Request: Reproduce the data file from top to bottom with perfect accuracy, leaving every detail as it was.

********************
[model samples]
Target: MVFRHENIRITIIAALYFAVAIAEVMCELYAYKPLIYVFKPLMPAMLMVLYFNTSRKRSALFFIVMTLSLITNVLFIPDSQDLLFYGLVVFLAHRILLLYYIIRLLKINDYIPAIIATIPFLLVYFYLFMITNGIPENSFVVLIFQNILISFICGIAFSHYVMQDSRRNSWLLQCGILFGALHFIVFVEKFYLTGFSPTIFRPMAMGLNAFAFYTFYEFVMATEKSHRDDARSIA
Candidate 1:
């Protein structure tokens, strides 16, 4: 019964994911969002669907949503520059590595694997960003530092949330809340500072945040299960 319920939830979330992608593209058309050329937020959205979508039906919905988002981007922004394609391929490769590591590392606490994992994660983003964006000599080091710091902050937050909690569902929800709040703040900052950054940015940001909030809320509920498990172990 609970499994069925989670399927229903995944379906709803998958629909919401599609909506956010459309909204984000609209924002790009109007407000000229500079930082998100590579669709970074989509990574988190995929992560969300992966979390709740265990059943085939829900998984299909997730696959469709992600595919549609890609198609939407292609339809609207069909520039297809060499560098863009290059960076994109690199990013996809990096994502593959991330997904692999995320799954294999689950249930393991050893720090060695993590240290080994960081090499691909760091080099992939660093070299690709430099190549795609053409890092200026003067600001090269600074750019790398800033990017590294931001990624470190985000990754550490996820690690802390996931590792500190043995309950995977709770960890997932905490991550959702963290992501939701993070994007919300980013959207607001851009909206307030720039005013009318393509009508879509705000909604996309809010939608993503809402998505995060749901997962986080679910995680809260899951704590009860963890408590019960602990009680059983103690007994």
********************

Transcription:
[model samples]
Target: MVFRHENIRITIIAALYFAVAIAEVMCELYAYKPLIYVFKPLMPAMLMVLYFNTSRKRSALFFIVMTLSLITNVLFIPDSQDLLFYGLVVFLAHRILLLYYIIRLLKINDYIPAIIATIPFLLVYFYLFMITNGIPENSFVVLIFQNILISFICGIAFSHYVMQDSRRNSWLLQCGILFGALHFIVFVEKFYLTGFSPTIFRPMAMGLNAFAFYTFYEFVMATEKSHRDDARSIA
Candidate 1:
């Protein structure tokens, strides 16, 4: 019964994911969002669907949503520059590595694997960003530092949330809340500072945040299960 319920939830979330992608593209058309050329937020959205979508039906919905988002981007922004394609391929490769590591590392606490994992994660983003964006000599080091710091902050937050909690569902929800709040703040900052950054940015940001909030809320509920498990172990 609970499994069925989670399927229903995944379906709803998958629909919401599609909506956010459309909204984000609209924002790009109007407000000229500079930082998100590579669709970074989509990574988190995929992560969300992966979390709740265990059943085939829900998984299909997730696959469709992600595919549609890609198609939407292609339809609207069909520039297809060499560098863009290059960076994109690199990013996809990096994502593959991330997904692999995320799954294999689950249930393991050893720090060695993590240290080994960081090499691909760091080099992939660093070299690709430099190549795609053409890092200026003067600001090269600074750019790398800033990017590294931001990624470190985000990754550490996820690690802390996931590792500190043995309950995977709770960890997932905490991550959702963290992501939701993070994007919300980013959207607001851009909206307030720039005013009318393509009508879509705000909604996309809010939608993503809402998505995060749901997962986080679910995680809260899951704590009860963890408590019960602990009680059983103690007994």